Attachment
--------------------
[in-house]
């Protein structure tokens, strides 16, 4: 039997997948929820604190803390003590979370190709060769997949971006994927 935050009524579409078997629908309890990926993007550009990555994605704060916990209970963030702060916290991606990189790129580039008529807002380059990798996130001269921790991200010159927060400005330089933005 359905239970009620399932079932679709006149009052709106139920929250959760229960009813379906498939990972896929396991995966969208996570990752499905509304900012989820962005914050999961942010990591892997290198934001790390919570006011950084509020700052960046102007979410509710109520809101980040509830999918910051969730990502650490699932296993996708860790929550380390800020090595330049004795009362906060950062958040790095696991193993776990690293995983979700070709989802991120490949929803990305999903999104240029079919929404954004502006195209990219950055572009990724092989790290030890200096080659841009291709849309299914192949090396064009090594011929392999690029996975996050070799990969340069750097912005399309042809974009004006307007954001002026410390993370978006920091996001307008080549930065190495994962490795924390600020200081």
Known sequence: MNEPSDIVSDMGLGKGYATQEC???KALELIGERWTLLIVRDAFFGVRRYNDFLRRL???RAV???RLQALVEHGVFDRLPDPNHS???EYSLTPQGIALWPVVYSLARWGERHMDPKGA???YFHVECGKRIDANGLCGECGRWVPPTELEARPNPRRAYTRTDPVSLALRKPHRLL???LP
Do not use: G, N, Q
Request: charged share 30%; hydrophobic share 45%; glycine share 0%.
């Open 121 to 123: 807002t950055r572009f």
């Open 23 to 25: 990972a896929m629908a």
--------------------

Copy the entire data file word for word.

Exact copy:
[in-house]
């Protein structure tokens, strides 16, 4: 039997997948929820604190803390003590979370190709060769997949971006994927 935050009524579409078997629908309890990926993007550009990555994605704060916990209970963030702060916290991606990189790129580039008529807002380059990798996130001269921790991200010159927060400005330089933005 359905239970009620399932079932679709006149009052709106139920929250959760229960009813379906498939990972896929396991995966969208996570990752499905509304900012989820962005914050999961942010990591892997290198934001790390919570006011950084509020700052960046102007979410509710109520809101980040509830999918910051969730990502650490699932296993996708860790929550380390800020090595330049004795009362906060950062958040790095696991193993776990690293995983979700070709989802991120490949929803990305999903999104240029079919929404954004502006195209990219950055572009990724092989790290030890200096080659841009291709849309299914192949090396064009090594011929392999690029996975996050070799990969340069750097912005399309042809974009004006307007954001002026410390993370978006920091996001307008080549930065190495994962490795924390600020200081």
Known sequence: MNEPSDIVSDMGLGKGYATQEC???KALELIGERWTLLIVRDAFFGVRRYNDFLRRL???RAV???RLQALVEHGVFDRLPDPNHS???EYSLTPQGIALWPVVYSLARWGERHMDPKGA???YFHVECGKRIDANGLCGECGRWVPPTELEARPNPRRAYTRTDPVSLALRKPHRLL???LP
Do not use: G, N, Q
Request: charged share 30%; hydrophobic share 45%; glycine share 0%.
């Open 121 to 123: 807002t950055r572009f």
């Open 23 to 25: 990972a896929m629908a």